Parenting the Gifted Performer

May 4, 2009

When an archer is shooting for nothing, he has all his skill.
If he shoots for a brass buckle, he is already nervous.
If he shoots for a prize of gold, he goes blind or sees two targets —
He is out of his mind!

This bit of sports psychology – penned several thousand years ago by a famous Chinese sage* – is as useful today as it was then. It is also a wonderful bit of wisdom to pass on to children who excel in athletics or the performing arts. Too often, and too early, many children are taught to shoot for the “brass buckle.” They are taught that winning alone is what matters, and that “performance anxiety” is a normal state.

Instead of continually focusing on the gold prize, an alternative is to model for children that what really matters to many world-class performers is “shooting for nothing” – experiencing the sheer joy of the performance, and of the competition itself. Yes, champions do enjoy the attention and adulation that comes with winning, but that is not always their prime motivation. (Just after signing a very lucrative endorsement contract one world-champion whispered to me, “I’d do this for nothing, but don’t tell anyone!”)

In this overscheduled and achievement driven culture of ours, we have developed a non-rational notion about time and excellence. The idea that the sooner children get serious about a sport, or an event, the more likely they are to excel. Yet, there seems to be precious little evidence that this is the case. Yes, we have all heard the stories about gifted performers who were competing in major tournaments at a very young age. Stories like these are the unusual though. And in many cases – ones that don’t make it into human interest column of the sports page – the story line is one of burn-out, disappointment and even depression, as Olympian dreams are dashed by the often cruel realization that so few actually do get to wear the brass buckle, or receive the gold prize.

The more common scenario that produces the stellar performer is one in which it is the child who desperately wants to perform or compete, who enjoys the very doing of it. And the parents, who from afar often seem like stereotypical “stage moms and dads” pushing their kids to excel, are actually being pulled along in the wake of their child’s enthusiasm and zeal. When these parents keep a keen eye out for when and if the anxiety becomes too much, when their child “sees two targets,” they are then well-positioned to remind them to enjoy themselves, even when they do not win.

Here is the rest of that ancient wisdom:

His skill has not changed. But the prize divides him.
He cares. He thinks more of winning than of shooting–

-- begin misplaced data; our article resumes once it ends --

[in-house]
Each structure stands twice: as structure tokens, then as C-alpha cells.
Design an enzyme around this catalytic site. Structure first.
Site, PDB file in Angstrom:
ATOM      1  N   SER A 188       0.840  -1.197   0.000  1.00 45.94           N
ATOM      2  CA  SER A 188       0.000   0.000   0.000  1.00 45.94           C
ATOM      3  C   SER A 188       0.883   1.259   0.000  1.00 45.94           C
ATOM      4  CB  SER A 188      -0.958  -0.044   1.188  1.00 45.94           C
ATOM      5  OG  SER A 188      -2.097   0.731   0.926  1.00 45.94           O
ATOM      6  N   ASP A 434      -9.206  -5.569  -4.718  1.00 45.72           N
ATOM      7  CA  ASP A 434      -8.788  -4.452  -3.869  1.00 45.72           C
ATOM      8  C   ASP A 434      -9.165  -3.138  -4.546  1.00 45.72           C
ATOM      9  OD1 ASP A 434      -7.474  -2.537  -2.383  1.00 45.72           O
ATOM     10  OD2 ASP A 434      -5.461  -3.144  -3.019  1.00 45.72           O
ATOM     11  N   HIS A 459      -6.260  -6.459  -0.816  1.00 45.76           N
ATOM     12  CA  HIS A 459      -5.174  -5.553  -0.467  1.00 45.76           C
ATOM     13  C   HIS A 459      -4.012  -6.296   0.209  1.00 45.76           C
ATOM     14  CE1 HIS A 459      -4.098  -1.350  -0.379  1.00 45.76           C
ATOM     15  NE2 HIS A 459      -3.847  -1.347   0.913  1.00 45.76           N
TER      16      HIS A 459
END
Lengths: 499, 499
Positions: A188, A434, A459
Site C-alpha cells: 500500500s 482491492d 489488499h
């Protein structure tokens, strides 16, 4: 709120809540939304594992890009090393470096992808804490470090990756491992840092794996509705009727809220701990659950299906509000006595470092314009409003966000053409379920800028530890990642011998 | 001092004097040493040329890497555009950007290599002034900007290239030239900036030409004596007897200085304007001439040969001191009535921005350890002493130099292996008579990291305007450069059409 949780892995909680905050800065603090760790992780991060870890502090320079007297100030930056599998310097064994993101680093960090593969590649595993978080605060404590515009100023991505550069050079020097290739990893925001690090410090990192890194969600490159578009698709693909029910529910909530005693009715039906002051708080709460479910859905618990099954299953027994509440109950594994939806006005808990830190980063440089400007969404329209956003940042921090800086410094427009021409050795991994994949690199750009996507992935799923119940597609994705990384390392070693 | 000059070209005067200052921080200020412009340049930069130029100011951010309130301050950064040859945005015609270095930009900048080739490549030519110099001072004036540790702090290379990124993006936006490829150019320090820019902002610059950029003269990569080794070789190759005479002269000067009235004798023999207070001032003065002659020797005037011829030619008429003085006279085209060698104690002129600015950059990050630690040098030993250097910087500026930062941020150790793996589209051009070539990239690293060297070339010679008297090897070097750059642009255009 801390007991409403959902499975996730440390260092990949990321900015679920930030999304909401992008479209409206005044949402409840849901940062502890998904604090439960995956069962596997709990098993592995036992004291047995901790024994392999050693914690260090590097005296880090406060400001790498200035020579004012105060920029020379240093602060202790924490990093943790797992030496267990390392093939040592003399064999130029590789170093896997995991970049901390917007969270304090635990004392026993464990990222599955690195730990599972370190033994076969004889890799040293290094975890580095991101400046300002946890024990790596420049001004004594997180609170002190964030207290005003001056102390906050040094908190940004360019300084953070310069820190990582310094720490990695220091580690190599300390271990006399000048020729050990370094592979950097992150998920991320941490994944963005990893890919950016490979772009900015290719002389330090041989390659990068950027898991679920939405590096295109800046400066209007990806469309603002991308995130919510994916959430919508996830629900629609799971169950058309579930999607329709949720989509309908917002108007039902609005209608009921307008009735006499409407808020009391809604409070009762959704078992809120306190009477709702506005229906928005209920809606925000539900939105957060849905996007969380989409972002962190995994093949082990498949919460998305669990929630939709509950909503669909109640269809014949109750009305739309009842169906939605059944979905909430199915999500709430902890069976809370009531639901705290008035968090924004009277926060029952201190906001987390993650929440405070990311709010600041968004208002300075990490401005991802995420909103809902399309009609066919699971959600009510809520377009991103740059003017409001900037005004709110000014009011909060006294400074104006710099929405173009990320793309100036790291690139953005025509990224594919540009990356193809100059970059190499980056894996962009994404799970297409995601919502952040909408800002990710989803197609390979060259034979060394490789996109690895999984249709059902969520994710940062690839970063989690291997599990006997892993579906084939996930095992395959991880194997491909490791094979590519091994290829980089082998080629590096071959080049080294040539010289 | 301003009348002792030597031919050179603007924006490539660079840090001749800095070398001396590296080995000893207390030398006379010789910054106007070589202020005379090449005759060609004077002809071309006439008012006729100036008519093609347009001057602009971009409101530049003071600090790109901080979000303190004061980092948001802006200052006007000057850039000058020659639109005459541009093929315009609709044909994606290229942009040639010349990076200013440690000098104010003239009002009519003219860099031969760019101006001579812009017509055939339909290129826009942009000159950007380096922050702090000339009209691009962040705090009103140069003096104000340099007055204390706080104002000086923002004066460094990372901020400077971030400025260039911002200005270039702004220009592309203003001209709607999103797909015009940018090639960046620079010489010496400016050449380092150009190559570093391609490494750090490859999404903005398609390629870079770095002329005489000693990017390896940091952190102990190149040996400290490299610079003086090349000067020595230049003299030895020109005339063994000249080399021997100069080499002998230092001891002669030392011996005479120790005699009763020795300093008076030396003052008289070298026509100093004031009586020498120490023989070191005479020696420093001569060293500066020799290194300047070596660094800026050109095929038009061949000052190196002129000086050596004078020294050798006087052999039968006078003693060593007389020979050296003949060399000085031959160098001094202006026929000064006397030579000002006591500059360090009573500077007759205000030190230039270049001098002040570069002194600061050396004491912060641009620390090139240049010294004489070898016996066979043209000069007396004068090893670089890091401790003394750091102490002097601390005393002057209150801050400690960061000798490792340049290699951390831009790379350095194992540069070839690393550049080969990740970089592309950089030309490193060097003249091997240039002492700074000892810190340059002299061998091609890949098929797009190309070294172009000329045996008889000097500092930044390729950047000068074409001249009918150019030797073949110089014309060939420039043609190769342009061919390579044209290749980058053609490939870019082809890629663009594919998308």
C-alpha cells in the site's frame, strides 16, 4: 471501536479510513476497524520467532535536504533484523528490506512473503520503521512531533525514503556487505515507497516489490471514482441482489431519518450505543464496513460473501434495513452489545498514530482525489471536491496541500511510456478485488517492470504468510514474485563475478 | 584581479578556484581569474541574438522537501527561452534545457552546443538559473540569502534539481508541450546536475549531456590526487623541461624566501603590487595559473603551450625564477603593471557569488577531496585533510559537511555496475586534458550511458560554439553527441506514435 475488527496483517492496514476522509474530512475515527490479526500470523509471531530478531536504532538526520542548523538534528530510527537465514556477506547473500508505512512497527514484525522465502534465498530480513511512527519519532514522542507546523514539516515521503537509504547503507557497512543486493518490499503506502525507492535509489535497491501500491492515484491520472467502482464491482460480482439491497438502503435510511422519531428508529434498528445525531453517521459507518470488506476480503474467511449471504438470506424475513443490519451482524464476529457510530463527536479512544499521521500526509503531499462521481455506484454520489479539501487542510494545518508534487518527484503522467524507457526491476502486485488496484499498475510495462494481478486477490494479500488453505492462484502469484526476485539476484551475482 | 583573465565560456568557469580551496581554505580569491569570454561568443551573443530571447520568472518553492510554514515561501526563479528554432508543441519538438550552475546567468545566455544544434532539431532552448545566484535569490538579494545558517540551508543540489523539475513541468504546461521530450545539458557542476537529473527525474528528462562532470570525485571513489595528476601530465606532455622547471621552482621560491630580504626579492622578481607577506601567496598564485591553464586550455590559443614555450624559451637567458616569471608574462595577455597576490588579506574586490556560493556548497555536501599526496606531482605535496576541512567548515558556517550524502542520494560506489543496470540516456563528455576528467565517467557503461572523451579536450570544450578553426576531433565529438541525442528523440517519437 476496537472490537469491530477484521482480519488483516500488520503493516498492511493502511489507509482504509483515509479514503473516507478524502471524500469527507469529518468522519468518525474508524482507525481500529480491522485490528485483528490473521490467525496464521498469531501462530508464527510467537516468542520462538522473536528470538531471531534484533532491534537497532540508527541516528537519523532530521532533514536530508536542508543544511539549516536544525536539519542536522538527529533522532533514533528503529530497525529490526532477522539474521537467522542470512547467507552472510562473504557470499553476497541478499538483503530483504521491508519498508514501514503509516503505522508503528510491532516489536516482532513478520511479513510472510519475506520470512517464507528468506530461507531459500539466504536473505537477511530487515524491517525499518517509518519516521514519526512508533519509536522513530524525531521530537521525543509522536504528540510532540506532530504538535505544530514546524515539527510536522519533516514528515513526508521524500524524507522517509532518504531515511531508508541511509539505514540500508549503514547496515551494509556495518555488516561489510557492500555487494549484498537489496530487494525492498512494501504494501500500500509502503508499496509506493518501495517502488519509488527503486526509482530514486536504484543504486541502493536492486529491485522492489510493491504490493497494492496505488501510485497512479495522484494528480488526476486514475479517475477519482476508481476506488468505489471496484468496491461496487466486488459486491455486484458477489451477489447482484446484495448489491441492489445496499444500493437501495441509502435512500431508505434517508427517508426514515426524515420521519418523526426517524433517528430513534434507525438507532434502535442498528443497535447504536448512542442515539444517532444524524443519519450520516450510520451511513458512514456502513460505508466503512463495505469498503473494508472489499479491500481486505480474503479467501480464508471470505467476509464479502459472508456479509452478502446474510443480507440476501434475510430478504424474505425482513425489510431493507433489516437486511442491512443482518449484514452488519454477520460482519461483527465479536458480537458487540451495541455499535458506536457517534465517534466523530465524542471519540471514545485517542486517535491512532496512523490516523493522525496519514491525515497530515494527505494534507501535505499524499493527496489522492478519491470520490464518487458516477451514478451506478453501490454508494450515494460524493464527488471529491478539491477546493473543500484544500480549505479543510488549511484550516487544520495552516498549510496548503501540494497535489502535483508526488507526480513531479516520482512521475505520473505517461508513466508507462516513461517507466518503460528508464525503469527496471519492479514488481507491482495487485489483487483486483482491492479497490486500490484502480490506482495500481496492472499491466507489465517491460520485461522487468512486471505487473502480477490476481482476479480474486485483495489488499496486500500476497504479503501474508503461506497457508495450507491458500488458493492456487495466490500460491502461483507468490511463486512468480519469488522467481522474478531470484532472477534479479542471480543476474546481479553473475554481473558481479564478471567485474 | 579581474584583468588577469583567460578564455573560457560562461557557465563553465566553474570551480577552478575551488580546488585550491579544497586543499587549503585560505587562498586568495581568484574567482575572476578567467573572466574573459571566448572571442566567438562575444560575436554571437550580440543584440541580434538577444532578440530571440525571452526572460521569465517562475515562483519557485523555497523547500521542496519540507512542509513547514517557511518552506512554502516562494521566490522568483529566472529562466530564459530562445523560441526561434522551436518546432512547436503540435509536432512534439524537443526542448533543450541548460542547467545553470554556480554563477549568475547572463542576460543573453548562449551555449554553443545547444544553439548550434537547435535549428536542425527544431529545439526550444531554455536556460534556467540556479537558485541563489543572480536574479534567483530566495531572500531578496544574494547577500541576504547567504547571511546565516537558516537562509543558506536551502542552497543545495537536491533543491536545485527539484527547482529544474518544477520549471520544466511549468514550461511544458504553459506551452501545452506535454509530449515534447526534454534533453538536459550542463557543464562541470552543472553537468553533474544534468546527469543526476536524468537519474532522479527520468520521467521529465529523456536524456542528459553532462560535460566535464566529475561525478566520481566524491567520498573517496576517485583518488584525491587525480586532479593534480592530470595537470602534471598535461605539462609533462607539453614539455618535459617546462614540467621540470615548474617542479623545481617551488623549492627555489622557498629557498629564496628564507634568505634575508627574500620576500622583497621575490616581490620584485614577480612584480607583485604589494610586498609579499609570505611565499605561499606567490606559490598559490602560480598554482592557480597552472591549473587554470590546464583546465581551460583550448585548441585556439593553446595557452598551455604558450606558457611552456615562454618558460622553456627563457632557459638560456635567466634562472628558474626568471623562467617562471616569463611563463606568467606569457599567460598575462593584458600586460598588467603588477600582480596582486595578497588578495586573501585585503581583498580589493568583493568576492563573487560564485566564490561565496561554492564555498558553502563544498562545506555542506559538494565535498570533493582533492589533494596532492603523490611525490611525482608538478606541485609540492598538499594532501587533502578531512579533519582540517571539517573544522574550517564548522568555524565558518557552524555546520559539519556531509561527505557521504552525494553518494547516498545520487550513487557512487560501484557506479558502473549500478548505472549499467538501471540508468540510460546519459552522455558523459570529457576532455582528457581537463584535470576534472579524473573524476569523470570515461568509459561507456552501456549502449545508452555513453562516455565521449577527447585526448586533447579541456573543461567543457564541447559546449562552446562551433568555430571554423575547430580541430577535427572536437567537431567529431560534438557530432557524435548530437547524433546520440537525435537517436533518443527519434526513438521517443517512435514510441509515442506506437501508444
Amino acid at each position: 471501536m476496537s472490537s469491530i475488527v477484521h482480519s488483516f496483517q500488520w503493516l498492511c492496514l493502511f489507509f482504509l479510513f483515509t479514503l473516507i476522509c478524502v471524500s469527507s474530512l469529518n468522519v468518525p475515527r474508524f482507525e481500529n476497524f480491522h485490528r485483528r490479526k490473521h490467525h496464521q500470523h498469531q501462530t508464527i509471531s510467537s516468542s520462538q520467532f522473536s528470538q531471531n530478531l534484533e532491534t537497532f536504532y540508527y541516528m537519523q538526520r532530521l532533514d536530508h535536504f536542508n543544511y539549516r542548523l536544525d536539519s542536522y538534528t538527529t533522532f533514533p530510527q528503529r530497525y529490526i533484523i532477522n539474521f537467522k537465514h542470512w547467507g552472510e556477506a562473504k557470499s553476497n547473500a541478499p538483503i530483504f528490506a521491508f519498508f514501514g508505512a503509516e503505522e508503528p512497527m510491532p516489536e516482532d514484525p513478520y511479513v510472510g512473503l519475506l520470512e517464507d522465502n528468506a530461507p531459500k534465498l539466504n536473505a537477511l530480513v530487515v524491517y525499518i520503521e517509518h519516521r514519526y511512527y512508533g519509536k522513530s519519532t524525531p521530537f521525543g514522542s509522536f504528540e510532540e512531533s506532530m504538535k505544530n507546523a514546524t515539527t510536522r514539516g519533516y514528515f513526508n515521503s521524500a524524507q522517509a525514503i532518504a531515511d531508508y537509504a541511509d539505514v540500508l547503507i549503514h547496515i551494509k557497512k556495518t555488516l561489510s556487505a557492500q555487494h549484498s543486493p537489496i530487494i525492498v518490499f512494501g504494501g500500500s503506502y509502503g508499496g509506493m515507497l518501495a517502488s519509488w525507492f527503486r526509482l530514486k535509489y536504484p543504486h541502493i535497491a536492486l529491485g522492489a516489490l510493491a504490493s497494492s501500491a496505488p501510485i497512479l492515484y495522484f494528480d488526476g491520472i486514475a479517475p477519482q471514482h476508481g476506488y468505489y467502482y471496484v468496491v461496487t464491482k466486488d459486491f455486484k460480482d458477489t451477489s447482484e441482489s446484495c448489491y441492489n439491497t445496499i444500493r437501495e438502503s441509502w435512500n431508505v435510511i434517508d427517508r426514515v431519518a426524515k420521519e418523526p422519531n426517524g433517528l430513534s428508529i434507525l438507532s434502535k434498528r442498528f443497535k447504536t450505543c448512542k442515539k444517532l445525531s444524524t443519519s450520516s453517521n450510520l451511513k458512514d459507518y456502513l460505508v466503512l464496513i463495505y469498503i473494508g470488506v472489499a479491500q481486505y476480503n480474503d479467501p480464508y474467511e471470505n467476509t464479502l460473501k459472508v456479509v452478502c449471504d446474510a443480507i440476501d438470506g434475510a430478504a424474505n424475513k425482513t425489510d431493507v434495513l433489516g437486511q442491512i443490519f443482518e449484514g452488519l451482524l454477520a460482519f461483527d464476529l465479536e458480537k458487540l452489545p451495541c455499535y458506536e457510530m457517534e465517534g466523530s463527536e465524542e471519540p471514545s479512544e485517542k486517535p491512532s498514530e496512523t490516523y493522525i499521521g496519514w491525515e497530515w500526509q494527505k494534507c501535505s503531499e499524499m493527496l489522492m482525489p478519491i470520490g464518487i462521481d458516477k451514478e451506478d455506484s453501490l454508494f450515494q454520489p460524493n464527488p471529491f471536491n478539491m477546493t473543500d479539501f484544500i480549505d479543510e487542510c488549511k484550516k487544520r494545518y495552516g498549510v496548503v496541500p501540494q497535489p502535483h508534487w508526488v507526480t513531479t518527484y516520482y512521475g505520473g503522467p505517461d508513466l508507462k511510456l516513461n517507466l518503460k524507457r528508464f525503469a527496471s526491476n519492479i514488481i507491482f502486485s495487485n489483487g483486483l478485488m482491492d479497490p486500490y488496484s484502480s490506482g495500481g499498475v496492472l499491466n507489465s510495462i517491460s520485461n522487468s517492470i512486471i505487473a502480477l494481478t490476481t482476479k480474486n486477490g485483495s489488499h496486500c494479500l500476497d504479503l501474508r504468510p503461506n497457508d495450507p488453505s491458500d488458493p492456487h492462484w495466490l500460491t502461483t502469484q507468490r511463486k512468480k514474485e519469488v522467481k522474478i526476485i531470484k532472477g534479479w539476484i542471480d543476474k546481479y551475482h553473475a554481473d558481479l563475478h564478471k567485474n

And the need to win drains him of power.

Some helpful tips for parents:

 

  • Make sure that the sport or competition is one that your child is choosing and not one that you are choosing for him/her. Many times children can pick up on unspoken messages that they should live out the dreams of their parents. They usually can’t, and probably won’t.
  • Encourage your child to develop an internal sense of excellence. With this internal barometer they are more inclined to see losing as information about their own current skill level, rather than the measure of their self-worth. Many champions speak very fondly of their “spectacular failures” – those moments of risk with no apparent reward. They report that later these experiences were crucial to their becoming champions in their events.
  • Pay close attention to the kinds of coaching your child is receiving – especially in the middle school and early high school years. Is she or he getting subtle messages that they are “special,” and that some of the rules don’t apply to them? That’s a red flag for sure, signaling trouble down the line.
  • Be there at the end. This is sometimes difficult to know, but often the attentive parent will have a sense when their child has reached the limits of their abilities. One parent I met on the practice field at a nationally competitive high school football program said (as he waited for his son to leave the field after being cut from the team), “I have enjoyed every game he has ever played, and I just wanted to be here to share this last memory with him.”
  • Don’t you just pay attention to your other children; make sure that your young performer is also supporting his or her siblings’ interests, and is cheering them on with just as much enthusiasm.
  • Show little (read no) tolerance early on for any tantrums after a loss. And check your own temper if necessary. Sadness and disappointment are certainly appropriate responses to losing. Anger is not. In the words of another world champion, “If you don’t know how to lose, you’ll never make it to the top step of the podium.”* From Quotations from Chuang Tzu by Thomas Merton

Edd Conboy, MS, MFT is Program Director of Council for Relationships’Avenue of the Arts office and a Senior Staff Therapist in Council for Relationships’ University City office. He can be reached at 215-382-6680 ext. 4313.

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